The data is processed by using content analysis technique through the exploration of the data and apply it in the context of this paper. CHAPTER II THEORETICAL STUDY A. Definition of Translation Brislings (1976: 1) defines translation as follows: “ translation is the general term referring to the transfer of thoughts and ideas from one language (source) to another (target), whether the language are in written or oral form, whether the language have established orthographies or do not have such standardization, or whether one or both language based on signs, as with signs languages of the deaf”.

In his definition, he gives wide coverage in translation. He includes transferring thought and ideas to sign language of the deaf or uncommon language in translation. By dictionary definition`, translation own or another’s language (the Merriam Webster Dictionary. 1974 in Larson, 1984: 3). This definition covers wide circumstance. It is not only changing from one` language into poem, or one’s feeling into the music, etc. Schulte and Biguenet (1992: 145) call this situation transmutation, that is, interpretation of verbal signs by means of signs of a nonverbal signs systems.

He also included oral and written translation, and the translation from old language into modern language. Following Tonus’s (1997: 27) interpretation of the notion of translation (1) theory of phenomena, (2) the phenomena of study, and (3) the practice or activity of working on the phenomena, the following figure is created to give a clearer picture of the notion to be adopted in this study. Names given and widely used to address translation as the theory about the phenomena of translated are presented. As the phenomena of study, translation can be categorized into three different groups, i. . , translation as language as no language phenomena and translation as language/no language phenomena. Translation as the phenomena alone, following Jacobson (in Tou, 1997: 13), can be categorized into three kinds of translation mentioned as intralingua, Interlingua and inter-semiotic translation. Examine the following figure. Nida and Taber (1969: 12) propose that translating consist of reproducing in the reproducing in the receptor language the closet natural equivalent of the source language message, first in terms of meaning and secondly in term of style.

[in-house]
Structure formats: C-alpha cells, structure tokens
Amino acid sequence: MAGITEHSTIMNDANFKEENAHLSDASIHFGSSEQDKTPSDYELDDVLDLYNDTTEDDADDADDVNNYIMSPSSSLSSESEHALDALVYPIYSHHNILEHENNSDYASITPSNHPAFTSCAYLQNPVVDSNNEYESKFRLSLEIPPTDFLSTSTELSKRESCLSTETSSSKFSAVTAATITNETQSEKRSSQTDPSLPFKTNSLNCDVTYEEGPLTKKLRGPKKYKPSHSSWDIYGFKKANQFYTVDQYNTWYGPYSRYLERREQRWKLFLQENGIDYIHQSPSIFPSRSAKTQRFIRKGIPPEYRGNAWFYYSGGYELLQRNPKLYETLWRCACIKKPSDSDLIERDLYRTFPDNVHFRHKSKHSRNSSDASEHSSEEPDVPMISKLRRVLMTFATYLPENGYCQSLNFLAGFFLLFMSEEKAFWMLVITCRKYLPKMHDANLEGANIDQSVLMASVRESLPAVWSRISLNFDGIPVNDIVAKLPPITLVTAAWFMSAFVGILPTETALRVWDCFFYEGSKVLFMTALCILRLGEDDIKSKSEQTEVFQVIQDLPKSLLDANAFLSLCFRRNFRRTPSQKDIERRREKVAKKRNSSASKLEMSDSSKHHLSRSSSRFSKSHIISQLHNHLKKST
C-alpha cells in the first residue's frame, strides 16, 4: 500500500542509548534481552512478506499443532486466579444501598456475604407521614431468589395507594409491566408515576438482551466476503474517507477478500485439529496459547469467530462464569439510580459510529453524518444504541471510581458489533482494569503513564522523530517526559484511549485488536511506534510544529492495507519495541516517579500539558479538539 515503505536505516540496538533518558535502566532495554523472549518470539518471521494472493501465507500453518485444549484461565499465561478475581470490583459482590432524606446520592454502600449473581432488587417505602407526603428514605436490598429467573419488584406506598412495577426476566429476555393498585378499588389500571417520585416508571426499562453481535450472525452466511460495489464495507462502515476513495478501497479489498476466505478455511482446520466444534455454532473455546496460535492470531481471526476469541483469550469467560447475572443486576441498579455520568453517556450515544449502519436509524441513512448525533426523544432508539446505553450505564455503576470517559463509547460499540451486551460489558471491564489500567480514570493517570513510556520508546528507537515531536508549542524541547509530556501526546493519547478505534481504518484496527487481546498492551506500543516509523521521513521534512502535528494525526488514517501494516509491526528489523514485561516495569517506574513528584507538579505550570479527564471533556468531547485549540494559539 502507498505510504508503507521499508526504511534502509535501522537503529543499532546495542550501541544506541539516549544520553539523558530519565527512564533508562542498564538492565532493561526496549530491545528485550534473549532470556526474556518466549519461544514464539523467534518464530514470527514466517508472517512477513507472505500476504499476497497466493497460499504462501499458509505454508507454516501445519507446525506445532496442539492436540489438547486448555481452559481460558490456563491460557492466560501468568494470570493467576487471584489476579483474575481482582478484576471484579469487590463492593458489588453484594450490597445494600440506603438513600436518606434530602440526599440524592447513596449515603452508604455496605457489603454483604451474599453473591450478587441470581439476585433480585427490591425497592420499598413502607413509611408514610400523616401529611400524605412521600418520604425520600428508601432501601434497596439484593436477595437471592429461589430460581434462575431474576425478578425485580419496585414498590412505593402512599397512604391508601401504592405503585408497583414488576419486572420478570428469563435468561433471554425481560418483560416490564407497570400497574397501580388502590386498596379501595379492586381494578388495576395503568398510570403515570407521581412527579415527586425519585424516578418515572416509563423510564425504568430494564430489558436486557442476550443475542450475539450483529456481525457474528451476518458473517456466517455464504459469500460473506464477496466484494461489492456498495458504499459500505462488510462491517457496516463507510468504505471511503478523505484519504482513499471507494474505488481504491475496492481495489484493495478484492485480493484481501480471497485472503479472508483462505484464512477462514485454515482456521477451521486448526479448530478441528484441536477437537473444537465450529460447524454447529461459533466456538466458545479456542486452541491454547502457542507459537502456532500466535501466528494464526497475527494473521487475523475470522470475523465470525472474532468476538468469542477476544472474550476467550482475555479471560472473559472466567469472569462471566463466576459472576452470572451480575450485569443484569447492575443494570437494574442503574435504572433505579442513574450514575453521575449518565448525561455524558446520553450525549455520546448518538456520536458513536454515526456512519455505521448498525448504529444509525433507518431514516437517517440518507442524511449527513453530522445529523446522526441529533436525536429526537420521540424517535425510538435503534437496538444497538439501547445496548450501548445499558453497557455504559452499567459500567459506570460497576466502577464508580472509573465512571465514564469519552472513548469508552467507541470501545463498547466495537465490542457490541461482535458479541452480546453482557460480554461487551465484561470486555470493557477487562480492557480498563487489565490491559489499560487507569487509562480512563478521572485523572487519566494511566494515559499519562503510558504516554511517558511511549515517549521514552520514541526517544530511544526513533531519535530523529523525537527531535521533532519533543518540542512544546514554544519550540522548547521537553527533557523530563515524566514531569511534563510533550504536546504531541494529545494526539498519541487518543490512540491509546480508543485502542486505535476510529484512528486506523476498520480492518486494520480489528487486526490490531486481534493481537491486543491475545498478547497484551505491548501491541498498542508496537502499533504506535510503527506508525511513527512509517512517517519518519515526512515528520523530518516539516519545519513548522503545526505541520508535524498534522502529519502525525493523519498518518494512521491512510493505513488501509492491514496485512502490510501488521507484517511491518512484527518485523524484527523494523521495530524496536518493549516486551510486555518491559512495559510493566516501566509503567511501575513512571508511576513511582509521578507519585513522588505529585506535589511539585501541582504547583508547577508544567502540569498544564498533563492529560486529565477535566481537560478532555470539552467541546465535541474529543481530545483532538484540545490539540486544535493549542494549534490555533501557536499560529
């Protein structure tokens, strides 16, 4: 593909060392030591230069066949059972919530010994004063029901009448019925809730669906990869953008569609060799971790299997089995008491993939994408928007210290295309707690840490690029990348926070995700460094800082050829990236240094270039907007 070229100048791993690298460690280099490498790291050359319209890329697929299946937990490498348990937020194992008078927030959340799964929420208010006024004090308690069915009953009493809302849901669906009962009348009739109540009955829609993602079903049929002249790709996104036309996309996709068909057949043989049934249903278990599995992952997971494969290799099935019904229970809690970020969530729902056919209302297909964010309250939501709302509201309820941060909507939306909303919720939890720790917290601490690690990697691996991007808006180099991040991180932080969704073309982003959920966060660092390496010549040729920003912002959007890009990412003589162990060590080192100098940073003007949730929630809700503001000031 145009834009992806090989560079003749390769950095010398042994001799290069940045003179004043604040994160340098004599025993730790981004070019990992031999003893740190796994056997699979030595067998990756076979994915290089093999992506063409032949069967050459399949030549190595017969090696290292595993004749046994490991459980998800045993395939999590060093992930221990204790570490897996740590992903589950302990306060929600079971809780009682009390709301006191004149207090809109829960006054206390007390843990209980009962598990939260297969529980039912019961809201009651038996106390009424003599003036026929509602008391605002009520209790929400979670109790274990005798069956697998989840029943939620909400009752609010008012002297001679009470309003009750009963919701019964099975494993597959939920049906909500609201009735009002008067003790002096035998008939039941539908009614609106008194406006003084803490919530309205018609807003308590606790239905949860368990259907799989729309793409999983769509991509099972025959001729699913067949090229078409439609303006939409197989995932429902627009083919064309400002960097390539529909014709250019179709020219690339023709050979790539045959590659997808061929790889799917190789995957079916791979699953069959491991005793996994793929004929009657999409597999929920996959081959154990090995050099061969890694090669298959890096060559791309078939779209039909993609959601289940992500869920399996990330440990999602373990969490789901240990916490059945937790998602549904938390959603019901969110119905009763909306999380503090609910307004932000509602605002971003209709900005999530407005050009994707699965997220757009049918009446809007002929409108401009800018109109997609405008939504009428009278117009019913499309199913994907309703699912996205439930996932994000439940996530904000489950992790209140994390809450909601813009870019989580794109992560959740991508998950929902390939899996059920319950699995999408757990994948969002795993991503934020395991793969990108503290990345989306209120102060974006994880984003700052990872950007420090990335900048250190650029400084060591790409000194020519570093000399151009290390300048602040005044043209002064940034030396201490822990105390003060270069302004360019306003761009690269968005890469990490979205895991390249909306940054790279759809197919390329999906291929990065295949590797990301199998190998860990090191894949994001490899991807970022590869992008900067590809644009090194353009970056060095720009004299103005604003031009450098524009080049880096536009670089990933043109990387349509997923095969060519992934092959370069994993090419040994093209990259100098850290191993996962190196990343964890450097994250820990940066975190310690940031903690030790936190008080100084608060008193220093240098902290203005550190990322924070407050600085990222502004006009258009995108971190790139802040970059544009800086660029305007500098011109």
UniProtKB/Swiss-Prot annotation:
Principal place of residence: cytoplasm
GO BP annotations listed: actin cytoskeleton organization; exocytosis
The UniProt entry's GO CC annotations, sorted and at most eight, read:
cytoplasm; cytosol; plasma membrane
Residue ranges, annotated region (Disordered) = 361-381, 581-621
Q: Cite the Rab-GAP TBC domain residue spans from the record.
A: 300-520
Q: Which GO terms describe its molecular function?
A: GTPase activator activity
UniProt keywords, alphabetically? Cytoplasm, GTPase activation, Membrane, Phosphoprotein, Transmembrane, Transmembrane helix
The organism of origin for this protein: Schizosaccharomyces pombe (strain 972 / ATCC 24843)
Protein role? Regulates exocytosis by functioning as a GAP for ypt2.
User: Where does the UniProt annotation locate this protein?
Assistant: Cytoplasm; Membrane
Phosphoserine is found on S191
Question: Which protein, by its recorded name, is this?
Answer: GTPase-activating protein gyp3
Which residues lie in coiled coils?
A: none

According to them translators should use the closets natural equivalent either in the meaning or the style of the receptor language. In the other words, the result of translation should not sound as translation but without changing the meaning of the source language. A similar definition of translation is mentioned by new mark (1988: 32) who says that translation is the super ordinate term for converting the meaning of any source language utterance to the target language. B. Kinds of Translation According to Larson (1984: 15) Translation is classified into two main types, namely form-based and meaning-based translation.